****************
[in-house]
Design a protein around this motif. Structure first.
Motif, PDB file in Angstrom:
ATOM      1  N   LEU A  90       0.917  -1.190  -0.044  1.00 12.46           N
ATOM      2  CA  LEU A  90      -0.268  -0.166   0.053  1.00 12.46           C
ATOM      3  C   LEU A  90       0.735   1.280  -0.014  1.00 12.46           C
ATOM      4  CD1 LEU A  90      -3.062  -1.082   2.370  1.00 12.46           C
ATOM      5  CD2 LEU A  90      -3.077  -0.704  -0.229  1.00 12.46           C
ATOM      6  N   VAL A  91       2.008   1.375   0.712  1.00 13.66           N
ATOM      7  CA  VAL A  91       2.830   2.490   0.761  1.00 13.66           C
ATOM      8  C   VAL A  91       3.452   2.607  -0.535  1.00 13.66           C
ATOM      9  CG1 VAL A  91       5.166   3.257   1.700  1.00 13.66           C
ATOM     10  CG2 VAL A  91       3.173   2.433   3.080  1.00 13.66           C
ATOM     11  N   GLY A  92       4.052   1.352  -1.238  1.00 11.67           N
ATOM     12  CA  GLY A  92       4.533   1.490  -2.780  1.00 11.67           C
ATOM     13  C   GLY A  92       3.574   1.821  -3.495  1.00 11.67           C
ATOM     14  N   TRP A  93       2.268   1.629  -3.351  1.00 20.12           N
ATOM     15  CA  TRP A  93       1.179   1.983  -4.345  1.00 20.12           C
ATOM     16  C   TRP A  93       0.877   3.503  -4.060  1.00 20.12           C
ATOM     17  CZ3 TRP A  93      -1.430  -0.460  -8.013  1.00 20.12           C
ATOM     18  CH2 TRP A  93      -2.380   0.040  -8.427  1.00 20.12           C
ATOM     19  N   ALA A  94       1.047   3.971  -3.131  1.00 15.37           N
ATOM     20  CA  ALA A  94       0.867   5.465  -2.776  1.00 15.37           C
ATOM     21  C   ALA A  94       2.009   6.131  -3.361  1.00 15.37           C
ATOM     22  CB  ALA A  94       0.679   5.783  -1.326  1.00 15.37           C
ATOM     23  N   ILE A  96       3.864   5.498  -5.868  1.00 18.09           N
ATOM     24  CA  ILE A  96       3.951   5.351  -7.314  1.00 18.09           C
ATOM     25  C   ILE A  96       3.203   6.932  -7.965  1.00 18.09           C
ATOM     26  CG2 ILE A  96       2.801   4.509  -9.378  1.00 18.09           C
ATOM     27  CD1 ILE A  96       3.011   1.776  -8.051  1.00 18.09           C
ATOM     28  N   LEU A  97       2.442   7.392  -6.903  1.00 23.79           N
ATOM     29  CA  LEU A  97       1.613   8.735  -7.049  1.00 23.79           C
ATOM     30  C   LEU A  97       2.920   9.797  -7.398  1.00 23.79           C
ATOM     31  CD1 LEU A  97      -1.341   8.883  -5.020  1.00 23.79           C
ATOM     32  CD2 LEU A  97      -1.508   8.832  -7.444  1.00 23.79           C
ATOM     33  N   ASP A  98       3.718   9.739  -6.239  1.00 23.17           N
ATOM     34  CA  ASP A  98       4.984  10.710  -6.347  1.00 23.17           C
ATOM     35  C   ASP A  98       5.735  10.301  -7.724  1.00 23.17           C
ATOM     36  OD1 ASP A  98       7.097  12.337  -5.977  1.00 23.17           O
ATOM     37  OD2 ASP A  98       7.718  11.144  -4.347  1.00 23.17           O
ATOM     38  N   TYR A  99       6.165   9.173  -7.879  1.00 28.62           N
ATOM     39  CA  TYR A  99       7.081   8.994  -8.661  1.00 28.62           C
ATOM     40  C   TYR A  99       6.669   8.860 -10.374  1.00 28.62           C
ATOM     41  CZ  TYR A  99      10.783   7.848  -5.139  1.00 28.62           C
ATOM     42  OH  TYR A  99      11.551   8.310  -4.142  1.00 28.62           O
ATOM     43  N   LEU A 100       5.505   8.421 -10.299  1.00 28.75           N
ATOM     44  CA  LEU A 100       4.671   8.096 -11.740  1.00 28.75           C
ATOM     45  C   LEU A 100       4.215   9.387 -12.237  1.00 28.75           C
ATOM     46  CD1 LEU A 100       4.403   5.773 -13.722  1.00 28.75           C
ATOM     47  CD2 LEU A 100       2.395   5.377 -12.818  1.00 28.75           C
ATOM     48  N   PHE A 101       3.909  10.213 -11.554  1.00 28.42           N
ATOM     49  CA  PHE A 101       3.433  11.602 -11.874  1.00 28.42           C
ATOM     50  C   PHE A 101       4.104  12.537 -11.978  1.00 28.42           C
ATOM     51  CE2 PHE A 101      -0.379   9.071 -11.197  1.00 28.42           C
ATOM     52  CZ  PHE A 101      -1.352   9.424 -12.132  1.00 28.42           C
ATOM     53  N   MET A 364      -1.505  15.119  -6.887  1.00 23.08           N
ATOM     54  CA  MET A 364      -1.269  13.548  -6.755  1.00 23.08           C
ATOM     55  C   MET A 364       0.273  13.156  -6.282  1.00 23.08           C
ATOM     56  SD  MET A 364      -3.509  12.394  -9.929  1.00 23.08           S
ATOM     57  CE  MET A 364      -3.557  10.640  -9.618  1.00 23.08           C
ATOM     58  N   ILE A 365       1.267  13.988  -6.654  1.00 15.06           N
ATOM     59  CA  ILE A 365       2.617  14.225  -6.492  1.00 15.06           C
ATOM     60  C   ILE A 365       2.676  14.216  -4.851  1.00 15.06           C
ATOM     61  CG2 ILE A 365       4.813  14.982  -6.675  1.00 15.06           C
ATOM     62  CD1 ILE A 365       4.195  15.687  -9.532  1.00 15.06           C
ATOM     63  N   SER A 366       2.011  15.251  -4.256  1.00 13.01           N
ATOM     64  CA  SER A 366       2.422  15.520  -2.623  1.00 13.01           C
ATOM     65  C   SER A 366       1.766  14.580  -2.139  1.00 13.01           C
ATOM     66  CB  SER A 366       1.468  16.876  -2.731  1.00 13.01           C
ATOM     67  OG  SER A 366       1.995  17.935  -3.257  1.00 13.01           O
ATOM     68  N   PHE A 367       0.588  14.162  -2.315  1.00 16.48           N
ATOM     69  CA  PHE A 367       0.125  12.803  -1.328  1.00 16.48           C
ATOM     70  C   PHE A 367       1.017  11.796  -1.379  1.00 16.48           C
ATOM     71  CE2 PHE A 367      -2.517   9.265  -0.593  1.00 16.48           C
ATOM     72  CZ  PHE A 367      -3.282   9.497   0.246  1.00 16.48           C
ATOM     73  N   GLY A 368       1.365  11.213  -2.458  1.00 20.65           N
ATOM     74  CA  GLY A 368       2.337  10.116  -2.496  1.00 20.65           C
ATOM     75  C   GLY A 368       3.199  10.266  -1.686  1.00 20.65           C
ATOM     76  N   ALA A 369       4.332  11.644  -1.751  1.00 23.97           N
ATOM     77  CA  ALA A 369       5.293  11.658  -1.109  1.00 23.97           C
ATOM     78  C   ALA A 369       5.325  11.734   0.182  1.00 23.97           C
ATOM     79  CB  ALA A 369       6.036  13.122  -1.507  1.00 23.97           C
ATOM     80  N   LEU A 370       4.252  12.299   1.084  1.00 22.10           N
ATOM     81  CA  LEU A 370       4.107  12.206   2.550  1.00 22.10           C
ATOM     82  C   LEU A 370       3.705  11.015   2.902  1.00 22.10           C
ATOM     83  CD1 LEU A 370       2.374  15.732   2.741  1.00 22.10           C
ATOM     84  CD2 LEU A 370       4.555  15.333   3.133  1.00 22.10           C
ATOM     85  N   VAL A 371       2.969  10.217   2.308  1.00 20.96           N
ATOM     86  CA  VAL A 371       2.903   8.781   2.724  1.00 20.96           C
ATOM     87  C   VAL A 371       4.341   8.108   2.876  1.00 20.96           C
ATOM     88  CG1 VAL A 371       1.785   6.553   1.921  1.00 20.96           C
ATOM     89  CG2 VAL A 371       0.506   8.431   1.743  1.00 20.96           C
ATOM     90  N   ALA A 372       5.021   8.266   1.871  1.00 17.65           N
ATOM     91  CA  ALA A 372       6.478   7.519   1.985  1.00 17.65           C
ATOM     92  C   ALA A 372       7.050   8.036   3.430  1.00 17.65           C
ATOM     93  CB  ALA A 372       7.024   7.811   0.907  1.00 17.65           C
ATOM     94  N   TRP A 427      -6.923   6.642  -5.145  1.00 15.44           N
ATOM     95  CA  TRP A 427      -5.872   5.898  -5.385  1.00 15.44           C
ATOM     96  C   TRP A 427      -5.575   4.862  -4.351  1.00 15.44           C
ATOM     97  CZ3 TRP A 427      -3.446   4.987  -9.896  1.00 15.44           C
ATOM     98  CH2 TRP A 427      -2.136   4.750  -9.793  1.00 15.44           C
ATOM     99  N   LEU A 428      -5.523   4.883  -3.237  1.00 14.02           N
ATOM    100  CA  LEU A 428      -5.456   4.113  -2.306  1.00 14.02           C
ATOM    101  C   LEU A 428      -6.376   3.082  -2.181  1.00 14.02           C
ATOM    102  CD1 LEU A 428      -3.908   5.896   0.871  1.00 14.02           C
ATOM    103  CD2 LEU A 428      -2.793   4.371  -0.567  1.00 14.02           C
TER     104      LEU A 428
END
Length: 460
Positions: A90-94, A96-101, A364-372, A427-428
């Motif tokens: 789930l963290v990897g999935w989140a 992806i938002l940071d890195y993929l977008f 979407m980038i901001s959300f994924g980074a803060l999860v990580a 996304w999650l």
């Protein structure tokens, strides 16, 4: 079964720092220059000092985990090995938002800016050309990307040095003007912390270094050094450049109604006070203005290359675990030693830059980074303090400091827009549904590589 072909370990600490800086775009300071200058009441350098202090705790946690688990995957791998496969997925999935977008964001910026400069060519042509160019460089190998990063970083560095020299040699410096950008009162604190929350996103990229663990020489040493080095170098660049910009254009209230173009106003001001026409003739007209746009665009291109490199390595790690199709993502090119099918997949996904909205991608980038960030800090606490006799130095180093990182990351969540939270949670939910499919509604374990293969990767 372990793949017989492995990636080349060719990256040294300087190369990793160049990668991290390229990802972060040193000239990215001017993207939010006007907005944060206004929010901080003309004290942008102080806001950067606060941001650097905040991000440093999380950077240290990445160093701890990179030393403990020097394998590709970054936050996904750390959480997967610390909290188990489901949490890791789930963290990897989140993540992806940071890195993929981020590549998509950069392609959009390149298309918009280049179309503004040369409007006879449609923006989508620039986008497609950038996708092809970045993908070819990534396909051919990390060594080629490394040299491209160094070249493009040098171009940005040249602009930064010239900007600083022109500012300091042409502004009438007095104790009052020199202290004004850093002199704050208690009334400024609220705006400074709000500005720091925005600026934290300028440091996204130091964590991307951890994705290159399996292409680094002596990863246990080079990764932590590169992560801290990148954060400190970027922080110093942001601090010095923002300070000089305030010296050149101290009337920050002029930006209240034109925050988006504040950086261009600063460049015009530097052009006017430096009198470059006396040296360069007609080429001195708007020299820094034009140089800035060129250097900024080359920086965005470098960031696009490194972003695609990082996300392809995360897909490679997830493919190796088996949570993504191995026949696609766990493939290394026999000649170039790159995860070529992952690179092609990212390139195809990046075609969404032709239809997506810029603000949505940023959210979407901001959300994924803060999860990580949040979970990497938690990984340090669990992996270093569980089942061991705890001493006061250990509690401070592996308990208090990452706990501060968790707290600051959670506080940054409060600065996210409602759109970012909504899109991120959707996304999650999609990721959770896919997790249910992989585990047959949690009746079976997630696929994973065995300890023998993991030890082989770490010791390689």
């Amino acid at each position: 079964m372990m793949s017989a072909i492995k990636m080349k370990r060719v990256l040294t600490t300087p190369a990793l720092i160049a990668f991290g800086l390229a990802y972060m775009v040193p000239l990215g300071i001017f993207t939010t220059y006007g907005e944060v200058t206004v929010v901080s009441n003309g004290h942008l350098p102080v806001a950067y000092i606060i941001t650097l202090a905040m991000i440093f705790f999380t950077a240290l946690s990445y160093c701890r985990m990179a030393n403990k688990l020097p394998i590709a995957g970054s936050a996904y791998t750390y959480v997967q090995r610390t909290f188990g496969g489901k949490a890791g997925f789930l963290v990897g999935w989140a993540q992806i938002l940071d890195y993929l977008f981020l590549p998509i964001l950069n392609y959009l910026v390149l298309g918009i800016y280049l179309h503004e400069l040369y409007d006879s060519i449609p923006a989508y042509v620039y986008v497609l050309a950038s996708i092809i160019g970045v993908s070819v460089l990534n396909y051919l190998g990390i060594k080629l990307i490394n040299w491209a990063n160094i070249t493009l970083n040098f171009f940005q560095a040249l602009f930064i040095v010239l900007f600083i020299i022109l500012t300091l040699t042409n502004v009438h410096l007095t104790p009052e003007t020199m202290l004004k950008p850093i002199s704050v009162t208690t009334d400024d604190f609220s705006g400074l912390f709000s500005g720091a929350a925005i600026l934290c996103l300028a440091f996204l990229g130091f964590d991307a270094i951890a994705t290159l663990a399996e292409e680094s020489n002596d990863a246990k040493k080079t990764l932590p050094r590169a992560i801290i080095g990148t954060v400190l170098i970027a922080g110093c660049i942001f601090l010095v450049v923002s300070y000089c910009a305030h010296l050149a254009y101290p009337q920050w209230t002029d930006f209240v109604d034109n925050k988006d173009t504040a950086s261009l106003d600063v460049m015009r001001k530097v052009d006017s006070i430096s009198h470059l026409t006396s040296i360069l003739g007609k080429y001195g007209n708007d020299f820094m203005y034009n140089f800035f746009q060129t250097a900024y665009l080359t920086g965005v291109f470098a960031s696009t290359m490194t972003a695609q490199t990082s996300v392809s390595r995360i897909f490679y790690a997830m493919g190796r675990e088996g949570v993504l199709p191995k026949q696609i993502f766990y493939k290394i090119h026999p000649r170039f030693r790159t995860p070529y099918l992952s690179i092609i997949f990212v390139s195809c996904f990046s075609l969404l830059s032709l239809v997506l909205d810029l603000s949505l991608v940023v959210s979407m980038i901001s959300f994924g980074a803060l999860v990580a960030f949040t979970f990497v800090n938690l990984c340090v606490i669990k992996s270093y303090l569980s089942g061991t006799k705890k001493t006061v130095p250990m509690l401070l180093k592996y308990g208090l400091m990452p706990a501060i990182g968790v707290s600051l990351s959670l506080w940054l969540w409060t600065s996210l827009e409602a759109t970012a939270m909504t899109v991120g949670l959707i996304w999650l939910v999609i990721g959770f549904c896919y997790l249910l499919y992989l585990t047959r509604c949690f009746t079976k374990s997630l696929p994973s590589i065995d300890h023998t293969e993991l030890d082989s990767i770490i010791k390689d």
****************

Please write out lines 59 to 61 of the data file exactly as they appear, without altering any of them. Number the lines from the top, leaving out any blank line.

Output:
ATOM     56  SD  MET A 364      -3.509  12.394  -9.929  1.00 23.08           S
ATOM     57  CE  MET A 364      -3.557  10.640  -9.618  1.00 23.08           C
ATOM     58  N   ILE A 365       1.267  13.988  -6.654  1.00 15.06           N